July 12, 2002
Purdue engineer receives presidential award for young researchers
WEST LAFAYETTE, Ind. A Purdue University researcher has been awarded a Presidential Early Career Award for Scientists and Engineers, the highest honor given by the United States government to scientists and engineers beginning their careers. He also received a grant to continue his research.
Douglas E. Adams, an assistant professor of mechanical engineering, became the second Purdue researcher to receive the award since it was established in 1996 by President Bill Clinton. Adams does research that predicts when parts will fail, particularly in military equipment.
Adams said, "I'm thrilled and deeply honored to receive these awards, and I can't think of any goals that are more compelling to work towards than safety and readiness for personnel in the armed forces and reductions in service and maintenance costs in the military and the commercial transportation industry."
The annual awards, bestowed on up to 60 scientists and engineers nationwide, were issued to the 2001 recipients during a ceremony at the White House today (Friday, 7/12). The awards ceremony would have been held late last year, but it was delayed when the White House was closed to the public because of terrorism-related concerns.
Adams was awarded a five-year, $500,000 grant to further his studies into "structural diagnostics and prognostics," in which sonar-like signals are used to detect when structures and mechanical parts, such as those in weapon systems and aircraft, are about to fail. Engineers are trying to design "smart structures" that use sensors, actuators and processors to prevent catastrophic failures by detecting damage in parts, including those made out of advanced composite, or heterogeneous, materials that are difficult to inspect with conventional methods.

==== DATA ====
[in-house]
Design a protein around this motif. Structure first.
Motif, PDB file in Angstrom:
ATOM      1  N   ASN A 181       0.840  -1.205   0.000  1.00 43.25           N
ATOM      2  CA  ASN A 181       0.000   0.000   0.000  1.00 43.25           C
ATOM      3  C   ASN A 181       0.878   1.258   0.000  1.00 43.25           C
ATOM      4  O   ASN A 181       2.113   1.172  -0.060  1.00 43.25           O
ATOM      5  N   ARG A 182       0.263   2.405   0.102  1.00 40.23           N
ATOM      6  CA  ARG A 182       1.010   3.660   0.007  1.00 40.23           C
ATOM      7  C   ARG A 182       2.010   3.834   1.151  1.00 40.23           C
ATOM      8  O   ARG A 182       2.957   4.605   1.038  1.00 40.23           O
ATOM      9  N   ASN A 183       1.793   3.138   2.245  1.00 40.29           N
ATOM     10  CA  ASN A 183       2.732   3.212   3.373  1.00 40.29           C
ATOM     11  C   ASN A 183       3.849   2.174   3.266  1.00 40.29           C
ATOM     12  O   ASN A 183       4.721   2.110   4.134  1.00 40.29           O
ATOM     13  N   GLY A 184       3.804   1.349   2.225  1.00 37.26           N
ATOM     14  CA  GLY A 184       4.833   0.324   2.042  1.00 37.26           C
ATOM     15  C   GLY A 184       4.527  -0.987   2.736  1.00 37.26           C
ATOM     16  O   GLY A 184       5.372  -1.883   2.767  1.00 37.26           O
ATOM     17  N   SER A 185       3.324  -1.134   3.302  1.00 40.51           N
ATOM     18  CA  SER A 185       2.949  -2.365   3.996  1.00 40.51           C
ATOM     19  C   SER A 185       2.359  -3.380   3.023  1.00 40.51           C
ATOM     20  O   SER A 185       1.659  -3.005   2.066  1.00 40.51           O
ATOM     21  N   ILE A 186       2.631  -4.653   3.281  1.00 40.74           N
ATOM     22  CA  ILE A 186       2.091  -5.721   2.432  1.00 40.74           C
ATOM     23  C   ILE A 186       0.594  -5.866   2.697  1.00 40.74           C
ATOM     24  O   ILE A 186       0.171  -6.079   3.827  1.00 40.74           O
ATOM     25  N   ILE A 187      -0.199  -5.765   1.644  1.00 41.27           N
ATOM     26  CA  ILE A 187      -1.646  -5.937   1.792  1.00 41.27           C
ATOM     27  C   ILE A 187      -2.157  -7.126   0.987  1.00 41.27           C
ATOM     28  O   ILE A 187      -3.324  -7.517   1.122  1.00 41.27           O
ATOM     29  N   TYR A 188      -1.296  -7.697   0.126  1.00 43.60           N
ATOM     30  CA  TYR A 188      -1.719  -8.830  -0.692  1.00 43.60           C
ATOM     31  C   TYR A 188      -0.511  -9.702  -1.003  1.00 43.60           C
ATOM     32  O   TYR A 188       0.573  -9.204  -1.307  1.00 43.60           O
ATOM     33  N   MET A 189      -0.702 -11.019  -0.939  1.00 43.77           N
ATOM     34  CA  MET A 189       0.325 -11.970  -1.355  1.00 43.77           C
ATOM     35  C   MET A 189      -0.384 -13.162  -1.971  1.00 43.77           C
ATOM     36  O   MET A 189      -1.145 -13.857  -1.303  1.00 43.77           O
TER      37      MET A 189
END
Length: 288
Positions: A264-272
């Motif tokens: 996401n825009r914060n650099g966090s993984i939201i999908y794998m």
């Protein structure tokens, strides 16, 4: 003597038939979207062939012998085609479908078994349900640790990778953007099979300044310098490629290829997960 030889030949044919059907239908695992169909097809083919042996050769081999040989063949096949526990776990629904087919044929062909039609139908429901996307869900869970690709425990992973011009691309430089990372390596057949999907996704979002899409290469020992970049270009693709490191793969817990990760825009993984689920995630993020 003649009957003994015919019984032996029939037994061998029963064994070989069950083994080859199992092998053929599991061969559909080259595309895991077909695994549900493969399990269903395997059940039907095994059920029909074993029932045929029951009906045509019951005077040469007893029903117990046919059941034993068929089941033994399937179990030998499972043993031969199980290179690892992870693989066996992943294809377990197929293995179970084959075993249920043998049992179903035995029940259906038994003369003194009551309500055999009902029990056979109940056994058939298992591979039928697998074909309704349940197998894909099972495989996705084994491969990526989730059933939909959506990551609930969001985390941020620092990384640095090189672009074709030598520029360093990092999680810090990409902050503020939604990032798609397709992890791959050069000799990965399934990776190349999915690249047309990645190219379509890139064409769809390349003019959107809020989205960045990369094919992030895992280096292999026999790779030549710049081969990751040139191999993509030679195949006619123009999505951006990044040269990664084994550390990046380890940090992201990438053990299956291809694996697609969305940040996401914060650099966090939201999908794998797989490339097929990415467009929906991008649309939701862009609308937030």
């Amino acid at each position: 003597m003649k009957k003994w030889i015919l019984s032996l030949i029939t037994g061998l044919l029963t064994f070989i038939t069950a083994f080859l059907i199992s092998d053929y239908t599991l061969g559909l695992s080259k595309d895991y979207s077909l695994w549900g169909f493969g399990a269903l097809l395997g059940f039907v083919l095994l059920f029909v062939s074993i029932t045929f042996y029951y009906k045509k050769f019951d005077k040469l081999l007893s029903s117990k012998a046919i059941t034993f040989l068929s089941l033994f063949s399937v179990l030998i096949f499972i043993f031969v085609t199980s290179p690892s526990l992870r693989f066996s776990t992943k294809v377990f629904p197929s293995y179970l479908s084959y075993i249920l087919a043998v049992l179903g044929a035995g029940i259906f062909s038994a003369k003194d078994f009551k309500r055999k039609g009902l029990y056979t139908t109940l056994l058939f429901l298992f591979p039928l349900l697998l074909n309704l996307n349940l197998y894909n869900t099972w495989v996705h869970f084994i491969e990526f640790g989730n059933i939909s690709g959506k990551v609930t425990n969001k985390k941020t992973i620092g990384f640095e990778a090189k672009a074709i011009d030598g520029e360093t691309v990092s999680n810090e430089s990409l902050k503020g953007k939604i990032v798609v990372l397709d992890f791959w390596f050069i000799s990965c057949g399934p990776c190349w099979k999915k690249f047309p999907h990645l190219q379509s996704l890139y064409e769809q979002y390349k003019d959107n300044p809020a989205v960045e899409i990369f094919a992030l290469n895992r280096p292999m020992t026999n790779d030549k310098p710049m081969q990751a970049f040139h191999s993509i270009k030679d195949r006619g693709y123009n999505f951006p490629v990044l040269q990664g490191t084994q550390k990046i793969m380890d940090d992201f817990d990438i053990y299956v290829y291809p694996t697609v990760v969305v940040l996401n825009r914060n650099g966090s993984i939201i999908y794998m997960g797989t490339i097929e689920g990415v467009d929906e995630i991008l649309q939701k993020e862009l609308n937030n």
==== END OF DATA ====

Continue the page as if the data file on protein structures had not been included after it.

Such diagnostic and prognostic systems will be designed not only to detect damage in structures but also to estimate automatically how long a part will last before it fails, potentially saving lives and billions of dollars in operating and maintenance costs. Military officials are interested in the technology because of its potential to improve safety while at the same time increasing the performance and lethality of weapon systems.
Composites are made of a combination of materials, including metals, ceramics, plastics, carbon fibers and fabrics. Because composites are lightweight yet strong, engineers are using them to design faster, more maneuverable vehicles, weapons systems, helicopters and fixed-wing aircraft.
But it is difficult to analyze and predict the durability of so-called "hybrid structures" or parts made out of various materials and composites.
"These are very complicated structures," Adams said. "When they are damaged, they often look fine from the outside, meaning routine manual inspections are ineffective."